Grand Illusion: The Myth of Voter Choice in a Two-Party Tyranny
(New Press, June 2009)
The 2004 Presidential election was an emotional race—certainly the most emotional one that I’ve lived through. In the aftermath of the 2000 Florida debacle, September 11th and the invasion of Iraq, there seemed to be a lot on the line. It was my first election in New York State, and I had registered several months ahead of time, itching to cast my vote. That morning, I arrived at my polling place—with the card the County Clerk’s office had sent me confirming my registration and telling me exactly where to go—and was subsequently told that the County had no record of my registration. I showed the poll workers the card I had confirming my registration, but to no avail. My vote had been suppressed, negated, ghosted by the machine. After reading Theresa Amato’s recent Grand Illusion: The Myth of Voter Choice in a Two-Party Tyranny, I realized that the election game in America is equally rigged against the candidates themselves unless you have the backing of one of the two major parties.
As Ralph Nader’s national campaign manager in 2000 and 2004, Amato brings a wealth of personal experience to the book. The first half details her myriad challenges trying to get Nader onto the ballot in every state. The litany of lawsuits, irrational court orders, and state regulations is by turns vertiginous, jaw-dropping, and numbing. Amato’s primary focus is on the fact that America, unlike nearly every other democracy, has no national standard for getting on the ballot for a federal election. All of these decisions are handled by the states themselves, each with a completely different and arbitrary standard and set of regulations for placing candidates on the ballot. As Amato repeatedly points out, navigating 50 different bureaucracies with a small, underfunded staff is a logistical nightmare, even without a target on your back.
And Nader’s 2004 campaign most certainly had enemies, chiefly the Democratic Party. The belief of some Gore supporters that Nader had spoiled or ruined the 2000 election and foisted the Bush presidency on the country was still strong and held by many prime movers in the Democratic Party. (Amato dedicates an early chapter to debunking and dispelling this idea.) The campaign found itself on the receiving end of a vast array of legal challenges and lawsuits regarding their petitioning and collecting of signatures. These challenges stretched the campaign to its breaking point, forcing it to spend countless hours and dollars fighting suits that were coming both directly and indirectly from the Democrats. (Amato offers testimony of the head of the Democratic Party in Maine asserting that the DNC was funding some individuals to file suits and complaints against the Nader campaign.)
Amato goes into a great amount of detail, showing step by step how the cases in each state played out. While this becomes a little tedious over the stretch, she presents enough shocking decisions and abuses of authority to keep things interesting. As she points out, most state election committees and offices are bipartisan, not nonpartisan. As both Republicans and Democrats have an interest in keeping third parties off the ballot, the deck is stacked quite deeply against the third party or independent player as all state interests from the Secretary of State to the courts are typically controlled by one of the two major parties. Moreover, Amato cites enough historic precedent to illustrate that third party candidates have a rough road to travel even if they’re not Ralph Nader in 2004.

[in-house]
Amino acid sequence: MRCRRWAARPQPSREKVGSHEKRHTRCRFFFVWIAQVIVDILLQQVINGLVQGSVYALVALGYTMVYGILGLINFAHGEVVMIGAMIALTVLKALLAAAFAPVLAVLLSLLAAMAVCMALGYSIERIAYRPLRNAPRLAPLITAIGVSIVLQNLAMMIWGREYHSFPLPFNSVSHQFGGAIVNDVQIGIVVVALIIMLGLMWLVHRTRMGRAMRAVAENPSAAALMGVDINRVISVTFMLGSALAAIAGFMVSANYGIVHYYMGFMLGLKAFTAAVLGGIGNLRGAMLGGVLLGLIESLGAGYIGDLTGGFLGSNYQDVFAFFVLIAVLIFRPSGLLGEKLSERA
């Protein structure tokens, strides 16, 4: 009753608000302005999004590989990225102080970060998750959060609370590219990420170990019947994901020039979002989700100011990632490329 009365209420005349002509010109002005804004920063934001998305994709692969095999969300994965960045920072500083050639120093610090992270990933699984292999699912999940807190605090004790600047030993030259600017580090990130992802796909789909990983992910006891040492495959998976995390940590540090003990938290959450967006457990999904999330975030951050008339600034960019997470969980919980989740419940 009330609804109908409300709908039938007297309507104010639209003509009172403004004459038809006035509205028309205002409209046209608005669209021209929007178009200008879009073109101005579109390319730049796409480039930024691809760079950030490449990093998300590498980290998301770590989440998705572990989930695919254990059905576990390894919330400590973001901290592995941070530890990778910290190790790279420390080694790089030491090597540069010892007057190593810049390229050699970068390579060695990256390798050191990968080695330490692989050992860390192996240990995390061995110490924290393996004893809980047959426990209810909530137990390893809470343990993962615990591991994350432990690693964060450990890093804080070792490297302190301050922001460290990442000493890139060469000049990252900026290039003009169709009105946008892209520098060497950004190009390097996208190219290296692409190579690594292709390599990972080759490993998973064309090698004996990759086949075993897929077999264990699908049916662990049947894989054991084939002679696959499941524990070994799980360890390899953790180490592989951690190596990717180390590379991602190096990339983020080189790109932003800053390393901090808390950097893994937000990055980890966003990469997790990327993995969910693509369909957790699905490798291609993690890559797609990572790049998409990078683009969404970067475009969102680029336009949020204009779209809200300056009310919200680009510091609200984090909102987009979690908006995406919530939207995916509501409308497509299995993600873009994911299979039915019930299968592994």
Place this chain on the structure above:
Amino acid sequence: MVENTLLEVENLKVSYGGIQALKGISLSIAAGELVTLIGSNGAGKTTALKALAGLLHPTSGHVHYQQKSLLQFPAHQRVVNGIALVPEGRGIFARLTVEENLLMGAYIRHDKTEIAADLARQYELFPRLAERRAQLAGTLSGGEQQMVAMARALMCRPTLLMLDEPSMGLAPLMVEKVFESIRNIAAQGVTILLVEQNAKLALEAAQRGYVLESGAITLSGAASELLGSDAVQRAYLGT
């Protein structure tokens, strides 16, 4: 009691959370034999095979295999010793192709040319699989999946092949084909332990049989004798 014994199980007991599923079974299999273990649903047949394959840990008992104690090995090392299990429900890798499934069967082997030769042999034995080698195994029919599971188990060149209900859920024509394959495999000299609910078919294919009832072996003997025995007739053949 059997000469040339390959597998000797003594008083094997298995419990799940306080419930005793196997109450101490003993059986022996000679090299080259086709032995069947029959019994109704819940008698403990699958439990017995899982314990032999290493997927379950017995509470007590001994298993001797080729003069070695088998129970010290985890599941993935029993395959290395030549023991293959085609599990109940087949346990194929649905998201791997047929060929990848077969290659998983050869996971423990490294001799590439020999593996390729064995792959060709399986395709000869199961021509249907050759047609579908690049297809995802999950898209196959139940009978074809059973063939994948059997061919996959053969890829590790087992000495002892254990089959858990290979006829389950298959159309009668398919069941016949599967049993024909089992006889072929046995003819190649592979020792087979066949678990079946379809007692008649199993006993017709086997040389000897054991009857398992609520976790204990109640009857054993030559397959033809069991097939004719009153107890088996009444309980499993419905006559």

However, the latter half of the book is much less interesting. Amato devotes several chapters to a general analysis of the way third party candidates are marginalized throughout the election process touching primarily on the most obvious and clichéd problems with our election process. The arcane financing laws of the FEC, the media’s hostility and virtual blacklist towards third party candidates, the refusal of the debate committee to allow participation to third party candidates and the setting of poor legal precedence with regard to ballot access all come under fire here, but there’s nothing really that insightful or new about this section.
Grand Illusion, then, doesn’t come to any sound conclusions about what can be done about this problem. It raises awareness of the difficulties that an independent candidate faces when running for office, but Amato’s recommendations to make ballot access more fair and just are not really feasible or politically viable options. As she repeatedly states, making a more perfect election system will require the intervention of Congress, a body that has been controlled by the two major parties for most of the last century and that is unlikely to promote competition for access to its ranks. The quixotic nature of Amato’s expose coupled with her uneven writing style result in a largely unsuccessful book.